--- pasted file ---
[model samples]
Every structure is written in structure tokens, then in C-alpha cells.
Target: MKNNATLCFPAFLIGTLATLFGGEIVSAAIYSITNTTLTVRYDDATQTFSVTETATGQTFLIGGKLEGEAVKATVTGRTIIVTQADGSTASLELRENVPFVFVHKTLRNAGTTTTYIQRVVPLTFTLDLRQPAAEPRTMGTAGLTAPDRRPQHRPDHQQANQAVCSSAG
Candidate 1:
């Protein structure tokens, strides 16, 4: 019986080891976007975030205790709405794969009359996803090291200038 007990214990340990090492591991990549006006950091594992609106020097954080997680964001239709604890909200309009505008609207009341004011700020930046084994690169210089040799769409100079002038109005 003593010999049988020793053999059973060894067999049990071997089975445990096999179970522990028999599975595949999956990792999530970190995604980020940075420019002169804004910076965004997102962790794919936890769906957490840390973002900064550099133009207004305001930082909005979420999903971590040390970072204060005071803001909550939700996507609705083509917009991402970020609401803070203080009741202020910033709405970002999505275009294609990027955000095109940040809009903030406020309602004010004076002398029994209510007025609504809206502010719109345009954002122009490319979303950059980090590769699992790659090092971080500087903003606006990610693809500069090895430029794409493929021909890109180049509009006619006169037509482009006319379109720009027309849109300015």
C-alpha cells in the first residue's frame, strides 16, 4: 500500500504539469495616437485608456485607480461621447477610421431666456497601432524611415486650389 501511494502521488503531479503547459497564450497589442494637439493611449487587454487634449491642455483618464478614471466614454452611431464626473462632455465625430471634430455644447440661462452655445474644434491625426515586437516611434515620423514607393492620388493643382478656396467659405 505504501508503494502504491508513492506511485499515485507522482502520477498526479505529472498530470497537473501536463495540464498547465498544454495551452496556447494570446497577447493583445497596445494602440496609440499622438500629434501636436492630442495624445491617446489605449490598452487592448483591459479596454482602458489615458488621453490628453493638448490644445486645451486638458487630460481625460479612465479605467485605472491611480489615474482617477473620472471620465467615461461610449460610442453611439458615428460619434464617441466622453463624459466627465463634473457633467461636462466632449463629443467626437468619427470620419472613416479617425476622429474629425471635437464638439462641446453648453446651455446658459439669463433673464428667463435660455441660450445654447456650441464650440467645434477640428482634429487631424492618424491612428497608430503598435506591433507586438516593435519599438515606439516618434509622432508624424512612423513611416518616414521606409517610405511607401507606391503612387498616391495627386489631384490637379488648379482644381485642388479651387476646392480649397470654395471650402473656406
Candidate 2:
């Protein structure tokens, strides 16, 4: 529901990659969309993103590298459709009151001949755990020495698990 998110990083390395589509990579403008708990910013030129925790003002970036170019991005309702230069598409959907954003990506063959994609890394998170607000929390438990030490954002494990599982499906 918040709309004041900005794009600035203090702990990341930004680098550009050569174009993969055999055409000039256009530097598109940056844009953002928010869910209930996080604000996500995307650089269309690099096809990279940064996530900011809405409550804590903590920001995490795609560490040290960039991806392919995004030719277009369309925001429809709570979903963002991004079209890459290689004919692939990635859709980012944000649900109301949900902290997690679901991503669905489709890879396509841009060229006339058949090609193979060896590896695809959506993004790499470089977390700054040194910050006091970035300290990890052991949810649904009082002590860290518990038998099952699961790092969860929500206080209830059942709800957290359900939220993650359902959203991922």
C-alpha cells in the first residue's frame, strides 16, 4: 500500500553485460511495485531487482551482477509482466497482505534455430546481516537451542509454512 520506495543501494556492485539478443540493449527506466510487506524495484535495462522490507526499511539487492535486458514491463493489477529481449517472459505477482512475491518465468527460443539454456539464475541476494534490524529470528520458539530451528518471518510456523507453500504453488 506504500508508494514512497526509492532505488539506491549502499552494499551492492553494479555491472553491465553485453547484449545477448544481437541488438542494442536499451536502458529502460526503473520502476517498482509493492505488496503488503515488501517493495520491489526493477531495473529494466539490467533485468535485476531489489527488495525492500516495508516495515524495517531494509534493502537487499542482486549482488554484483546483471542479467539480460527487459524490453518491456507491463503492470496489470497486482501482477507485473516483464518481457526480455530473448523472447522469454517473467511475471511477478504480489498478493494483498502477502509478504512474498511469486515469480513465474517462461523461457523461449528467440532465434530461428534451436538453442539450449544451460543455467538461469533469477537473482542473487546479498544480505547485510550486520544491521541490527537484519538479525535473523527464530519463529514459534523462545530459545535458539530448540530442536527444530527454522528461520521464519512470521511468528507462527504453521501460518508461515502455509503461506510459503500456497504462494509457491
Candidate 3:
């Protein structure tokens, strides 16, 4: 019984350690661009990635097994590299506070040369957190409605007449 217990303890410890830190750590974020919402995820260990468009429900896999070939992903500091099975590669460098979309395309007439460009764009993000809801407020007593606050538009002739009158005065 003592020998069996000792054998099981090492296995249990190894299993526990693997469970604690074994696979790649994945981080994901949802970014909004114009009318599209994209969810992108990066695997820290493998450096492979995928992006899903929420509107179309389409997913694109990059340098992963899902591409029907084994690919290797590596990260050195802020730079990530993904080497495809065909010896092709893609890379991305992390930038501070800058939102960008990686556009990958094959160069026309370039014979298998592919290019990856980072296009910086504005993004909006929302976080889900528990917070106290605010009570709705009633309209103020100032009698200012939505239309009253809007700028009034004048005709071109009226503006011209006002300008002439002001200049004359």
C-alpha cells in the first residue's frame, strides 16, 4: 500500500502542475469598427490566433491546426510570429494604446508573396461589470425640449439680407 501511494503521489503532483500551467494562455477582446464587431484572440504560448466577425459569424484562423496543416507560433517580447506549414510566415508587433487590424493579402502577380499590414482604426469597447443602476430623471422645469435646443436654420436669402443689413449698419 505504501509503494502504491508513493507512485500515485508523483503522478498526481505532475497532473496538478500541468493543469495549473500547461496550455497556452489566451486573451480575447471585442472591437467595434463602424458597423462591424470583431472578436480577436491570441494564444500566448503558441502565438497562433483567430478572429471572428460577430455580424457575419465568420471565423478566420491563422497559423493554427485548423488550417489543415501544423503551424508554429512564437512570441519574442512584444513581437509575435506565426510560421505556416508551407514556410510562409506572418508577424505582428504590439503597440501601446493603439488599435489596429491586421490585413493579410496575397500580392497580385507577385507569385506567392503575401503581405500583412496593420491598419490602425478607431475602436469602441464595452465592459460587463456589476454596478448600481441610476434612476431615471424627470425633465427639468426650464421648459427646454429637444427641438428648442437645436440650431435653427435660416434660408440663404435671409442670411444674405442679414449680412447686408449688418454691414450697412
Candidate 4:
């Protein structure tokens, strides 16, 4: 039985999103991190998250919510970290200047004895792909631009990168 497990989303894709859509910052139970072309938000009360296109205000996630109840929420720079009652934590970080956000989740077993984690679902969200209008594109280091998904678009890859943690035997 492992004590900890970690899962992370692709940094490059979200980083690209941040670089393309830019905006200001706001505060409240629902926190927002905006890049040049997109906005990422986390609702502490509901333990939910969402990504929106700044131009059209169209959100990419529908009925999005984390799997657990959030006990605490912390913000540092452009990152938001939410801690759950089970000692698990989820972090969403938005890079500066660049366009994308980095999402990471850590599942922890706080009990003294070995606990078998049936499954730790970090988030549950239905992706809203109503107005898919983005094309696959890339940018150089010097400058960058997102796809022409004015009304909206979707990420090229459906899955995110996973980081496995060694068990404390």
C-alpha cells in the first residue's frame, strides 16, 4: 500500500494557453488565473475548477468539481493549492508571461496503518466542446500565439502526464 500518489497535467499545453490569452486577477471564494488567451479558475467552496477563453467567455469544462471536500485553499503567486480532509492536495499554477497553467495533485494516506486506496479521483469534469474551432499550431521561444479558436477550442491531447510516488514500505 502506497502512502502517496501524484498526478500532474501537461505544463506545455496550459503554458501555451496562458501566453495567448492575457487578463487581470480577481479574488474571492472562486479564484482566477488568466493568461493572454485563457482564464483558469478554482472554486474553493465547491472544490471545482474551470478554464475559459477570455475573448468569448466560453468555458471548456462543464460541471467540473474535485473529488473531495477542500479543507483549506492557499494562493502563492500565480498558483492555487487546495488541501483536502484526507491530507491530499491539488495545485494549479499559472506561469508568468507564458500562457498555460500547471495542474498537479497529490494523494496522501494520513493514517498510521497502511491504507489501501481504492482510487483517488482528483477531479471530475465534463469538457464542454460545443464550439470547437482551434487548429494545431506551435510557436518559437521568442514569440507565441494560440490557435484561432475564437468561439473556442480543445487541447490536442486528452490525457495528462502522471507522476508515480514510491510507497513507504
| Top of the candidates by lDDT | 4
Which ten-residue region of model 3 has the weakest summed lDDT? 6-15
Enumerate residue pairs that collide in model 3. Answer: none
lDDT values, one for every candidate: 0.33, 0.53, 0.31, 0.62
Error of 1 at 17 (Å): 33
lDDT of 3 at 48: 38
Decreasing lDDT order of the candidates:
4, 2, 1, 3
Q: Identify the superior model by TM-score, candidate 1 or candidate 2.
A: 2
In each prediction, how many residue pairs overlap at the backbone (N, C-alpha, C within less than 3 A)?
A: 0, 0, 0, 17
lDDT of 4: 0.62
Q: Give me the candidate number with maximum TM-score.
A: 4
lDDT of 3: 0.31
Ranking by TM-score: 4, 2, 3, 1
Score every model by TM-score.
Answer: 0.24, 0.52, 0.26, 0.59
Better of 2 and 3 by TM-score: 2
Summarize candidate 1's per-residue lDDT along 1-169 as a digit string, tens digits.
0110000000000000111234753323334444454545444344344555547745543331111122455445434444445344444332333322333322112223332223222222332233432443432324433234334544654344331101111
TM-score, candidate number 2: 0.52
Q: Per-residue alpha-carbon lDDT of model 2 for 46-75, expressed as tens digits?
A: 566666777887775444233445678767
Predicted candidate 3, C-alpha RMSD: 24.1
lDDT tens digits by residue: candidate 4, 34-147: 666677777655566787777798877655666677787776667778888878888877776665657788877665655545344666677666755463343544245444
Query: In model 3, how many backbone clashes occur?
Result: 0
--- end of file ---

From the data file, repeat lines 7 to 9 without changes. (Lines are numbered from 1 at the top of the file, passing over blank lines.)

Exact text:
Candidate 2:
């Protein structure tokens, strides 16, 4: 529901990659969309993103590298459709009151001949755990020495698990 998110990083390395589509990579403008708990910013030129925790003002970036170019991005309702230069598409959907954003990506063959994609890394998170607000929390438990030490954002494990599982499906 918040709309004041900005794009600035203090702990990341930004680098550009050569174009993969055999055409000039256009530097598109940056844009953002928010869910209930996080604000996500995307650089269309690099096809990279940064996530900011809405409550804590903590920001995490795609560490040290960039991806392919995004030719277009369309925001429809709570979903963002991004079209890459290689004919692939990635859709980012944000649900109301949900902290997690679901991503669905489709890879396509841009060229006339058949090609193979060896590896695809959506993004790499470089977390700054040194910050006091970035300290990890052991949810649904009082002590860290518990038998099952699961790092969860929500206080209830059942709800957290359900939220993650359902959203991922």
C-alpha cells in the first residue's frame, strides 16, 4: 500500500553485460511495485531487482551482477509482466497482505534455430546481516537451542509454512 520506495543501494556492485539478443540493449527506466510487506524495484535495462522490507526499511539487492535486458514491463493489477529481449517472459505477482512475491518465468527460443539454456539464475541476494534490524529470528520458539530451528518471518510456523507453500504453488 506504500508508494514512497526509492532505488539506491549502499552494499551492492553494479555491472553491465553485453547484449545477448544481437541488438542494442536499451536502458529502460526503473520502476517498482509493492505488496503488503515488501517493495520491489526493477531495473529494466539490467533485468535485476531489489527488495525492500516495508516495515524495517531494509534493502537487499542482486549482488554484483546483471542479467539480460527487459524490453518491456507491463503492470496489470497486482501482477507485473516483464518481457526480455530473448523472447522469454517473467511475471511477478504480489498478493494483498502477502509478504512474498511469486515469480513465474517462461523461457523461449528467440532465434530461428534451436538453442539450449544451460543455467538461469533469477537473482542473487546479498544480505547485510550486520544491521541490527537484519538479525535473523527464530519463529514459534523462545530459545535458539530448540530442536527444530527454522528461520521464519512470521511468528507462527504453521501460518508461515502455509503461506510459503500456497504462494509457491